Like I said my hat is off to you being willing to share this whole adventure so openly. It is encouraging and motivating in many ways.

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  • Bonnie

    Bonnie on Jan. 16, 2014, 6:47 p.m.

    What you are undertaking is HUGE. If all you did on the blog was post happy tales of how wonderful it all is to plan, prep, and actually DO a trip like this, it would start to feel false, fast.

    I've been reading your blog for a couple of years, and although our lives don't look exactly the same (but I have three awesome kids as well that we aren't raising according to what our close friends/family would deem "normal" all the time!), I have always loved your honesty. You truly, truly inspire me, Renee!

    Keep on keepin' it real!

    Bonnie

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  • Jeanne

    Jeanne on Jan. 16, 2014, 6:59 p.m.

    I appreciate your integrity and willingness to show your vulnerabilities and weaknesses. Brene Brown would be proud. 

    I am looking forward to the video series. I recently finished reading the Called Again book by Jennifer Pharr Davis and have a new appreciation for what you and your family will be attempting. I hope you have more fun on the trail than she did!

    I am glad to see the progress on the Kickstarter campaign and will continue to tweet about it. You're more than halfway there!

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    • renee

      renee on Jan. 17, 2014, 2:54 p.m.

      Thank you Jeanne, your tweets and support online are so encouraging.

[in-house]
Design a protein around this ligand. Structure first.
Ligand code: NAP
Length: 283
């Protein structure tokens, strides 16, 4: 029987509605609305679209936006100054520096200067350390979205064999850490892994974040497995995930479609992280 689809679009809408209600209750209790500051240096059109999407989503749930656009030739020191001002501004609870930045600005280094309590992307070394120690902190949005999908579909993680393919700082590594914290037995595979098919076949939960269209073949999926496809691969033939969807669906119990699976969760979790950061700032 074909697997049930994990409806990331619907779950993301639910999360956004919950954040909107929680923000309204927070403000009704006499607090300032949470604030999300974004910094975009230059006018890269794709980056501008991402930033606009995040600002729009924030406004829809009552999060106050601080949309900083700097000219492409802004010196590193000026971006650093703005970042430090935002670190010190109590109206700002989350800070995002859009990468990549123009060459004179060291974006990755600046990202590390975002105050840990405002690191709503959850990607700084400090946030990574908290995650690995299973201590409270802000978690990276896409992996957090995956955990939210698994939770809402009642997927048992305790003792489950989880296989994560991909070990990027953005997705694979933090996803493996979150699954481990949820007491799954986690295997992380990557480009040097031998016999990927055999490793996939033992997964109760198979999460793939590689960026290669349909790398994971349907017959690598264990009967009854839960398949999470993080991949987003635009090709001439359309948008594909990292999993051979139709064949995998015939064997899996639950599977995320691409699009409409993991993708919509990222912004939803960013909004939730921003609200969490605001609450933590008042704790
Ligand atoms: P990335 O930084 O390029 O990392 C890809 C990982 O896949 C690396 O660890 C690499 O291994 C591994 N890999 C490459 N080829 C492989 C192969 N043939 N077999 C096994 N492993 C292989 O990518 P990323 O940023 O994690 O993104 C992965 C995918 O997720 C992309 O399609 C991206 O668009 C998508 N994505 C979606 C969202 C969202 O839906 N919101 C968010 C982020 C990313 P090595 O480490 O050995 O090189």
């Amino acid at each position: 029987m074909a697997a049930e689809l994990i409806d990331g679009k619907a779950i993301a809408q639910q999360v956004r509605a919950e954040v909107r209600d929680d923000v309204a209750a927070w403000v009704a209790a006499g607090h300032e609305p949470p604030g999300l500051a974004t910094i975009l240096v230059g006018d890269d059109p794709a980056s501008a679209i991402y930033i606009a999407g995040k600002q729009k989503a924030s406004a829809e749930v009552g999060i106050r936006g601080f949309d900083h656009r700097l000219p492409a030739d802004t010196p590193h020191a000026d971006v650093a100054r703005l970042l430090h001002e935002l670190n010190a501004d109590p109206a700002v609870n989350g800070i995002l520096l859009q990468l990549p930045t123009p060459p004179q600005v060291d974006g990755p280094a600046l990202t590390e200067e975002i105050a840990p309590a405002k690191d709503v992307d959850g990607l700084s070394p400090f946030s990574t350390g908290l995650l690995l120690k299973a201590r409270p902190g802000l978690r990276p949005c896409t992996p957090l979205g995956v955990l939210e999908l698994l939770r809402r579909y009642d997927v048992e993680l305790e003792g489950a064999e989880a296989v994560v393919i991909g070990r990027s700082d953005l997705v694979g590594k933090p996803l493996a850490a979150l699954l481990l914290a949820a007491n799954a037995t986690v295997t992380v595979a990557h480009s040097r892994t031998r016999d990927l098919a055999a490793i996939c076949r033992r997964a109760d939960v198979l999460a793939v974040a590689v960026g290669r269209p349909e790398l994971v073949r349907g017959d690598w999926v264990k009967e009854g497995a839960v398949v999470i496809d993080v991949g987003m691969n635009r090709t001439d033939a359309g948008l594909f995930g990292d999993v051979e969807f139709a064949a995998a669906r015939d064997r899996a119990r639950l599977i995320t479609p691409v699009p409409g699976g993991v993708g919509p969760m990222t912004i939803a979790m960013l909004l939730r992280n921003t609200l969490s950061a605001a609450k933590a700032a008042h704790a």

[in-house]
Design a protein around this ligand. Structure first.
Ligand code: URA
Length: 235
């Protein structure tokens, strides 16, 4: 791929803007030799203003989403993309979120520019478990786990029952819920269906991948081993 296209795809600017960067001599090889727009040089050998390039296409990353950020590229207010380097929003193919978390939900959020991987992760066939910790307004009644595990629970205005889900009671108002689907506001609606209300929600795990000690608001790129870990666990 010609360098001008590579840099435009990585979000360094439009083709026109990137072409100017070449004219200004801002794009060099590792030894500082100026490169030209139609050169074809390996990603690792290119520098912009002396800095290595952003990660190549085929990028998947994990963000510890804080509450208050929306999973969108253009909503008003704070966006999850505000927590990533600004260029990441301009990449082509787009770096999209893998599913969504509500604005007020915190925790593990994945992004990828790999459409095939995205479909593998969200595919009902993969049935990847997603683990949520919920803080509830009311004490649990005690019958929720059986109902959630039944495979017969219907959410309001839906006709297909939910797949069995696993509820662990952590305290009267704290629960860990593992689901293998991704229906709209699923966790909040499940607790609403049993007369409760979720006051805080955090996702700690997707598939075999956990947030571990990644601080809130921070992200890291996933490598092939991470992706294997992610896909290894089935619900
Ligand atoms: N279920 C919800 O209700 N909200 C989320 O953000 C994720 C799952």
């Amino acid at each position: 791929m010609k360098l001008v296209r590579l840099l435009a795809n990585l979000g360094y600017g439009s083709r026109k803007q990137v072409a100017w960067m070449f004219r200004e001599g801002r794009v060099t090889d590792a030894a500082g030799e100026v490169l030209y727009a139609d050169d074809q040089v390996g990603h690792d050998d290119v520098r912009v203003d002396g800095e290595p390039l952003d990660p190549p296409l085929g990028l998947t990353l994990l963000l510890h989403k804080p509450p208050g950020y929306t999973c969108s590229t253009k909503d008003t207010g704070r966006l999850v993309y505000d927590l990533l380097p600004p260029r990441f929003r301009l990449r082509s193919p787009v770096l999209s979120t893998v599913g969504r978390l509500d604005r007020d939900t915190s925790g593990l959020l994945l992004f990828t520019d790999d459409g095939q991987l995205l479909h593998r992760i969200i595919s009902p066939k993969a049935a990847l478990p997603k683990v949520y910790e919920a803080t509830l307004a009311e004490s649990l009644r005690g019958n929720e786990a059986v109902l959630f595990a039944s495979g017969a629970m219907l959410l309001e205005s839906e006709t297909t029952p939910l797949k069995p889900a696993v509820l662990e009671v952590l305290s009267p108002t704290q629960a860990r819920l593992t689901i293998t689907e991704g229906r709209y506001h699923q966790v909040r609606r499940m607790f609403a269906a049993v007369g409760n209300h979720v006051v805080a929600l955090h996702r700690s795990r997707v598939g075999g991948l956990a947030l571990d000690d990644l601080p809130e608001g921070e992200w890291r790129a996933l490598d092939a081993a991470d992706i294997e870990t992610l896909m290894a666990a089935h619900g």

I haven't read that book of Davis' but I read her first book. (So I just read a bunch of reviews on Goodreads). Jennifer Pharr Davis is one of those super athletic/competitive women that intimidate me a little bit. We are doing this hike because we think it will be both challenging and fun. We will have a mutiny on our hands if our hike is like Jennifer's record setting hike, none of us could handle that kind of experience. Because we're not setting records we can take the time to have fun.

      One of the things I am really looking forward to, and the kids are also looking forward to it, is meeting and staying with people along the way. We have people who want to meet us and help us along the way, people who have read our blogs for years and whom we've gotten to know that way. And other people are complete strangers to us.  Our sociable and relationship-loving family can't wait to spend time with people while we're on the trail.